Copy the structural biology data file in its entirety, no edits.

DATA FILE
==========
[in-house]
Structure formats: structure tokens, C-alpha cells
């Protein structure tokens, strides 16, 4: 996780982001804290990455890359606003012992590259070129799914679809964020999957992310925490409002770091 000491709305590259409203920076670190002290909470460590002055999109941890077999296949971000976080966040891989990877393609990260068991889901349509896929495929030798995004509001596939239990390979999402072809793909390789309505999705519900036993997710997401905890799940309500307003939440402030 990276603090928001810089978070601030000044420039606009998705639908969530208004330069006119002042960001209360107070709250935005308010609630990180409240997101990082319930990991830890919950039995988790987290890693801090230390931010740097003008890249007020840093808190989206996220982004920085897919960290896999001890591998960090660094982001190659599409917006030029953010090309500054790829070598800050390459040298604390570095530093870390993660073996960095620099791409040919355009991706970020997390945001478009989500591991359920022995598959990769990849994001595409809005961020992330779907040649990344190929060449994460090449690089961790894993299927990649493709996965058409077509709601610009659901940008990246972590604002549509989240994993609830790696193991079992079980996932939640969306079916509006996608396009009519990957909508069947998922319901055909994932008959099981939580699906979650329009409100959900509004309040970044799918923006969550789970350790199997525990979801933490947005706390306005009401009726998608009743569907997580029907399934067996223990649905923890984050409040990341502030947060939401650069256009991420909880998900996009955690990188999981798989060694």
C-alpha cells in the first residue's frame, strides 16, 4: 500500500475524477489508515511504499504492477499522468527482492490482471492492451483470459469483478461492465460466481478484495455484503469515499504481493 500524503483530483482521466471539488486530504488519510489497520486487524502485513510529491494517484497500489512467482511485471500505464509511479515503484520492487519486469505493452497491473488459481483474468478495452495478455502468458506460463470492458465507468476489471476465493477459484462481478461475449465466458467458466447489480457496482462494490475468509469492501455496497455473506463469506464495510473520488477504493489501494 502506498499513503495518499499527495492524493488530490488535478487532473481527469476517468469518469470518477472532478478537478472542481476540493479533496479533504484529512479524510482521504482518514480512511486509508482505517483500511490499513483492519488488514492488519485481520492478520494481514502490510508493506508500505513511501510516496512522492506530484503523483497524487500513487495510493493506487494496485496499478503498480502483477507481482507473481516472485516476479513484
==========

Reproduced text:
[in-house]
Structure formats: structure tokens, C-alpha cells
């Protein structure tokens, strides 16, 4: 996780982001804290990455890359606003012992590259070129799914679809964020999957992310925490409002770091 000491709305590259409203920076670190002290909470460590002055999109941890077999296949971000976080966040891989990877393609990260068991889901349509896929495929030798995004509001596939239990390979999402072809793909390789309505999705519900036993997710997401905890799940309500307003939440402030 990276603090928001810089978070601030000044420039606009998705639908969530208004330069006119002042960001209360107070709250935005308010609630990180409240997101990082319930990991830890919950039995988790987290890693801090230390931010740097003008890249007020840093808190989206996220982004920085897919960290896999001890591998960090660094982001190659599409917006030029953010090309500054790829070598800050390459040298604390570095530093870390993660073996960095620099791409040919355009991706970020997390945001478009989500591991359920022995598959990769990849994001595409809005961020992330779907040649990344190929060449994460090449690089961790894993299927990649493709996965058409077509709601610009659901940008990246972590604002549509989240994993609830790696193991079992079980996932939640969306079916509006996608396009009519990957909508069947998922319901055909994932008959099981939580699906979650329009409100959900509004309040970044799918923006969550789970350790199997525990979801933490947005706390306005009401009726998608009743569907997580029907399934067996223990649905923890984050409040990341502030947060939401650069256009991420909880998900996009955690990188999981798989060694």
C-alpha cells in the first residue's frame, strides 16, 4: 500500500475524477489508515511504499504492477499522468527482492490482471492492451483470459469483478461492465460466481478484495455484503469515499504481493 500524503483530483482521466471539488486530504488519510489497520486487524502485513510529491494517484497500489512467482511485471500505464509511479515503484520492487519486469505493452497491473488459481483474468478495452495478455502468458506460463470492458465507468476489471476465493477459484462481478461475449465466458467458466447489480457496482462494490475468509469492501455496497455473506463469506464495510473520488477504493489501494 502506498499513503495518499499527495492524493488530490488535478487532473481527469476517468469518469470518477472532478478537478472542481476540493479533496479533504484529512479524510482521504482518514480512511486509508482505517483500511490499513483492519488488514492488519485481520492478520494481514502490510508493506508500505513511501510516496512522492506530484503523483497524487500513487495510493493506487494496485496499478503498480502483477507481482507473481516472485516476479513484